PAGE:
A potential federal boost to the ethanol market, South American forecasts, reduced global cotton output and an international outpouring of “wheat, wheat, wheat” will influence U.S. farm fortunes this season, according to former American Farm Bureau Federation economic analyst Terry Francl.

While existing ethanol plants are running at an average 85 percent capacity, Francl reported production appears to be coming back on track as margins rebound. The economy is expected to slowly rally, and plants sidelined by bankruptcy and financial woes will resume operation under new management, he suggested.

“We’ll probably see corn acreage expand around the 90 million-acre level, up a little over 3 million acres from this past year,” Francl said. “Soybeans will probably hold. The big decline will be in the wheat area, down around 3 to 4 million acres, but we may pick up a million acres in cotton.

“The other thing is, we’ve got about 2 million acres coming out of the Conservation Reserve Program. So we may pick up another 200,000 acres to 300,000 acres in corn and soybeans, maybe a little in the wheat, but that’s about it,” Francl continued.

Here’s how Francl sees the 2010 market prospects shaping up:

Corn: The two greatest potential demand factors heading into summer are export numbers, which currently are lagging “on the low end of expectations” and could drop even farther; and the Environmental Protection Agency’s (EPA) decision regarding nationwide adoption of a standard ethanol-gasoline blend rate between the current 10 percent and a proposed 15 percent. EPA is expected to rule on blend levels by June.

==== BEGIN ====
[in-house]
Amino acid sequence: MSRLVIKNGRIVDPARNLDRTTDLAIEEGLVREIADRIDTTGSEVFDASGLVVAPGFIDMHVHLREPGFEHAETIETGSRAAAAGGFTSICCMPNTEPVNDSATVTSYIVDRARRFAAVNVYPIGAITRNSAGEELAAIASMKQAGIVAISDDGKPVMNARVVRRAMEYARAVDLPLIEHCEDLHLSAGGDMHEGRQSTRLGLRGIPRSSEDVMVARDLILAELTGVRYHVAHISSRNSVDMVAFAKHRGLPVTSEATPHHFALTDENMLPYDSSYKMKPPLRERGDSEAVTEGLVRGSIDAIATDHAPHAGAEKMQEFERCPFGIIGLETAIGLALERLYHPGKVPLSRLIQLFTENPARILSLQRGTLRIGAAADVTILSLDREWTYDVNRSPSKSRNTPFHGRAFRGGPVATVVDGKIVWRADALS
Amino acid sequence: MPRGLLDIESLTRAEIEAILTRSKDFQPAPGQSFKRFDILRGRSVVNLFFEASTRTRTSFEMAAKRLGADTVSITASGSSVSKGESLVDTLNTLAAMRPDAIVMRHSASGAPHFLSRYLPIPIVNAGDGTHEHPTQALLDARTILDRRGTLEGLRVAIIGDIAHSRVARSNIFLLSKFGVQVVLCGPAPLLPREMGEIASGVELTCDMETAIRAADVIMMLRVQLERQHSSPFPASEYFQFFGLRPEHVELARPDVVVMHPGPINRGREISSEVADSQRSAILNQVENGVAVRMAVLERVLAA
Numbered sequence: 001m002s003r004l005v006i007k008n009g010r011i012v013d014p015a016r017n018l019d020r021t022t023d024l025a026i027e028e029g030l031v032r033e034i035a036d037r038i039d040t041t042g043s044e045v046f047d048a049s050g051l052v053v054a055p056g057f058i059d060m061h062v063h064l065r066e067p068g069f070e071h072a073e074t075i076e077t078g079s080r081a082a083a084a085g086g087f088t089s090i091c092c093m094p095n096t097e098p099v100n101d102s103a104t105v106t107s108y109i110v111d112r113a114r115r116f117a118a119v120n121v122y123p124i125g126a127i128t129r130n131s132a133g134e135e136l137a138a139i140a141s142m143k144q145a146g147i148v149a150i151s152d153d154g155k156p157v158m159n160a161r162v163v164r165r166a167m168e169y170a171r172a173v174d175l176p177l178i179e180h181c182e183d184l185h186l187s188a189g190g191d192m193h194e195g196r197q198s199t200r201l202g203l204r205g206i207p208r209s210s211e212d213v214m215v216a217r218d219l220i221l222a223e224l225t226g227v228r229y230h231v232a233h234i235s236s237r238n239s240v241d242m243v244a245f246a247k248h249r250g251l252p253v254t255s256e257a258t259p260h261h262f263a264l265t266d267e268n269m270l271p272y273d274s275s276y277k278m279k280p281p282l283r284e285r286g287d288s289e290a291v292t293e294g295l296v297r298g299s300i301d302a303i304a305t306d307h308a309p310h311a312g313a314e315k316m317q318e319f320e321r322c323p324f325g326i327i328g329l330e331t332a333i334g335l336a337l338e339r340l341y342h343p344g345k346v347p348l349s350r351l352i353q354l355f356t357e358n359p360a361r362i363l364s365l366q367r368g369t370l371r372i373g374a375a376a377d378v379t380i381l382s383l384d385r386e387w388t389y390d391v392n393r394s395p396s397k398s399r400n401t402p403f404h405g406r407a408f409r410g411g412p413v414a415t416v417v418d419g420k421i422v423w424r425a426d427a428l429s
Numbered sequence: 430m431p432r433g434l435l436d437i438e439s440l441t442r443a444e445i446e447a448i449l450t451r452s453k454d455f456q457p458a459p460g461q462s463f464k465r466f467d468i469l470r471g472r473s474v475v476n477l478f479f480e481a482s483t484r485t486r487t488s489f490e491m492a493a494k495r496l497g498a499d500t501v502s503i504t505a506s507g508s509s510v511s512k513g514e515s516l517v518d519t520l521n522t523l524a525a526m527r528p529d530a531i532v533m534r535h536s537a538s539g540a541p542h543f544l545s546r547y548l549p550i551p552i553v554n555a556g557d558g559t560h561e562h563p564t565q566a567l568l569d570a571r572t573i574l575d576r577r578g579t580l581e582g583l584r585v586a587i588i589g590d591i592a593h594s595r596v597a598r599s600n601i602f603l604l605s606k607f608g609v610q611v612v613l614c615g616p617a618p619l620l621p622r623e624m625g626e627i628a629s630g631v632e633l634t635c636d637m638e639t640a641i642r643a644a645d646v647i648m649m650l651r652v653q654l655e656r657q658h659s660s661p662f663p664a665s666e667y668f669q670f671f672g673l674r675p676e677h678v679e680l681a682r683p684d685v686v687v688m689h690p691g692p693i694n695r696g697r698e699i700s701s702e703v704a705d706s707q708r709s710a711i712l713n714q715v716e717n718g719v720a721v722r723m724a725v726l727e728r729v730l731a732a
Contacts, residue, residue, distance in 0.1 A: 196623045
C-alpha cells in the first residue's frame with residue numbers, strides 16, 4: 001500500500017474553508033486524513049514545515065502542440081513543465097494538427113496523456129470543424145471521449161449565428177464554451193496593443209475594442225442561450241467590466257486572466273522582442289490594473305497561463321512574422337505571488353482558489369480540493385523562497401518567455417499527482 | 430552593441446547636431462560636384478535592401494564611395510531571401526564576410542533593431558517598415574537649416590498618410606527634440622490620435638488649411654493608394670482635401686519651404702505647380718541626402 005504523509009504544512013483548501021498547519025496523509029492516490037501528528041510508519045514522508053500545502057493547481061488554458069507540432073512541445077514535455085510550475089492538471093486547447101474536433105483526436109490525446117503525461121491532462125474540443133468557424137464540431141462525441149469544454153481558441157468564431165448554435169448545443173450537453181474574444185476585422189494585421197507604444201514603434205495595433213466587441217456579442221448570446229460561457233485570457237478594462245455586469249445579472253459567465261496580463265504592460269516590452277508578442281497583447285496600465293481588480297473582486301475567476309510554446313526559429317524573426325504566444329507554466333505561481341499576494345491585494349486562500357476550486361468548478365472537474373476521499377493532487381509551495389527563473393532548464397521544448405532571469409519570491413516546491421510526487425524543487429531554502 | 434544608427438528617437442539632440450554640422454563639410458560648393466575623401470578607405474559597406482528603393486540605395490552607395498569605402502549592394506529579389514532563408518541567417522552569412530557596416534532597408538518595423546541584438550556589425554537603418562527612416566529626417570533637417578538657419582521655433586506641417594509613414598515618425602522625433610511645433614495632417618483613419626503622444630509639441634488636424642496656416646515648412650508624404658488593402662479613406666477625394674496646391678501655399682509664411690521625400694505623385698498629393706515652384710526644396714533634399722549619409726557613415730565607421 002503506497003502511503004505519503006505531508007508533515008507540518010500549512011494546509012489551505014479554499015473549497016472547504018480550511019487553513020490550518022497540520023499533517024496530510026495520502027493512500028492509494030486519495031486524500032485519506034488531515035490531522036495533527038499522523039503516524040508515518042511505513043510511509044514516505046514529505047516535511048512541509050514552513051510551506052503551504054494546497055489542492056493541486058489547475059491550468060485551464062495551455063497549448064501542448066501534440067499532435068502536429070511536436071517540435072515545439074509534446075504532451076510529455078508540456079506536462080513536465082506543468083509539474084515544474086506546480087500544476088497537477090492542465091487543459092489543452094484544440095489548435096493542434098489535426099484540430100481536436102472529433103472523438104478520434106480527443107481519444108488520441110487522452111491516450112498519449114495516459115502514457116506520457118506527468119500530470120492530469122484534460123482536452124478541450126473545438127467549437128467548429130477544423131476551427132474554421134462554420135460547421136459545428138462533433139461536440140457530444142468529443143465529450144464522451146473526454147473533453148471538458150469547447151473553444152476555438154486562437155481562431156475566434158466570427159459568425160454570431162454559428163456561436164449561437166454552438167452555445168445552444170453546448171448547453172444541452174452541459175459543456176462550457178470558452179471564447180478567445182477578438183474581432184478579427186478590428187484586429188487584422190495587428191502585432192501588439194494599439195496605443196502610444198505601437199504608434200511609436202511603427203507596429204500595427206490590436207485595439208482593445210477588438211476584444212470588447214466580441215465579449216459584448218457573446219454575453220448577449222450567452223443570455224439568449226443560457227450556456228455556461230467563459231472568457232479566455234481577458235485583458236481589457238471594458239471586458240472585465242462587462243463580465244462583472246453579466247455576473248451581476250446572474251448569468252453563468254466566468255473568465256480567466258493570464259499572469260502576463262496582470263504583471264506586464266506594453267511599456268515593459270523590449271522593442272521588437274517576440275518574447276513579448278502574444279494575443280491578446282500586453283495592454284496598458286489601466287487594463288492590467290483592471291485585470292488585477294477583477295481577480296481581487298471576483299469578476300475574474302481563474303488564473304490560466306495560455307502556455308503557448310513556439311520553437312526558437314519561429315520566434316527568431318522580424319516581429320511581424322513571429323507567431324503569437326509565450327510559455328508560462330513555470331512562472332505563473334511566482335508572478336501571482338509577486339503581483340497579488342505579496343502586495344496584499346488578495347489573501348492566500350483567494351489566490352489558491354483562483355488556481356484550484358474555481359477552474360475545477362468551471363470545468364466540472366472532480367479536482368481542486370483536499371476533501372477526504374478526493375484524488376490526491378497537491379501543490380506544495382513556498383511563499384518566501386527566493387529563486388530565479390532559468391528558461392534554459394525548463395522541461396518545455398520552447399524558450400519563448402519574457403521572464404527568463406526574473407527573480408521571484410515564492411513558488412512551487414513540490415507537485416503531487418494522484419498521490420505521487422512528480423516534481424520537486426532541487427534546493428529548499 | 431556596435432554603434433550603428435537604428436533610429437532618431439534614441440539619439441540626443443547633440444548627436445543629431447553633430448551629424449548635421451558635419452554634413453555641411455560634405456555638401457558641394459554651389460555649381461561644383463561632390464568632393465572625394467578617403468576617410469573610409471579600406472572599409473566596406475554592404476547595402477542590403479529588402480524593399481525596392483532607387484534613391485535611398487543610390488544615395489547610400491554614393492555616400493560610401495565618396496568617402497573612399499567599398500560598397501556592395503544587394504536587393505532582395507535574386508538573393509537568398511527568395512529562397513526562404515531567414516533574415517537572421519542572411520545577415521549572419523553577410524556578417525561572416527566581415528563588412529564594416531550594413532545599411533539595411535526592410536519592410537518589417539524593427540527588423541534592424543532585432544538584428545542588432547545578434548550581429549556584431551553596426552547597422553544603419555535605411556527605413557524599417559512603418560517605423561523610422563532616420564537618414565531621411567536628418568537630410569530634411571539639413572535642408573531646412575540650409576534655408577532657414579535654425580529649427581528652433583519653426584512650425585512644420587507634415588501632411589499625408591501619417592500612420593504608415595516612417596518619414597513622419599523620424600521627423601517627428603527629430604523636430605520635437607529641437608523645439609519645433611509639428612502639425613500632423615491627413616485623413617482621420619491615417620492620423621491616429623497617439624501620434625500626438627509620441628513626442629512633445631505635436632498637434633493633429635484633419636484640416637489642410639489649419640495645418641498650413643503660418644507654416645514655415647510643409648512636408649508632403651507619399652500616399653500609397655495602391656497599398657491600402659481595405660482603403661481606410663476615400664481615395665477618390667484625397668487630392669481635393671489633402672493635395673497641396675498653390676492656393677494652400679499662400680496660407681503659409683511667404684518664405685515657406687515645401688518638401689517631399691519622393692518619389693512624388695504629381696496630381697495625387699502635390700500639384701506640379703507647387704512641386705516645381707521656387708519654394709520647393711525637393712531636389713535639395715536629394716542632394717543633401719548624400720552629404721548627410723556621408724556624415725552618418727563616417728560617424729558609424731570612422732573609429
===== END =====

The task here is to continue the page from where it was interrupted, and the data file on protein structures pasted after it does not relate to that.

Meanwhile, feeding numbers may rise as livestock require additional calories to weather a frigid winter. Bottom line: Prices optimistically may trade in the $3.75 per bushel to $4.25 per bushel range into spring, when uncertainty over crop/acreage bidding and planting prospects may boost corn into the $4.50 per bushel to $4.75 per bushel zone. Assuming a normal fall crop, Francl sees prices backing off potentially to a $3.75 per bushel bottom.

Soybeans: The South American crop is the wild card in the mix. Last year, an Argentine drought contributed to a 20-percent drop in the crop, but good rains have replenished potential for trend-line or near-trend-line bean numbers and thus increased export pressure on global prices. Francl anticipates near-term prices around $9.50 per bushel to $10.50 per bushel, with the spring corn-soybean “bidding war” adding a possible 25 cents to 50 cents. But a bountiful South American crop conceivably could knock prices to $8 to $8.50 per bushel levels by fall.

Wheat: “There’s not much you can say, other than we’ve got wheat, wheat, wheat everywhere,” Francl said, noting bushels flowing from the Black Sea region, the former Soviet Union, Argentina, Australia, and Canada. Thus, wheat likely will trade in the $5 per bushel to $6 per bushel range, with pressures toward a possible $4.50 per bushel by harvest.

Cotton: As a result of reduced U.S. production and strong global demand focused in China, prices have recovered nicely. Prices should remain fairly steady around the 70 cent-per-pound mark, relaxing to a potential high-side of 68 cents to 69 cents into summer. However, strong U.S. and world crops could chase prices back into the mid-50 cent per pound range.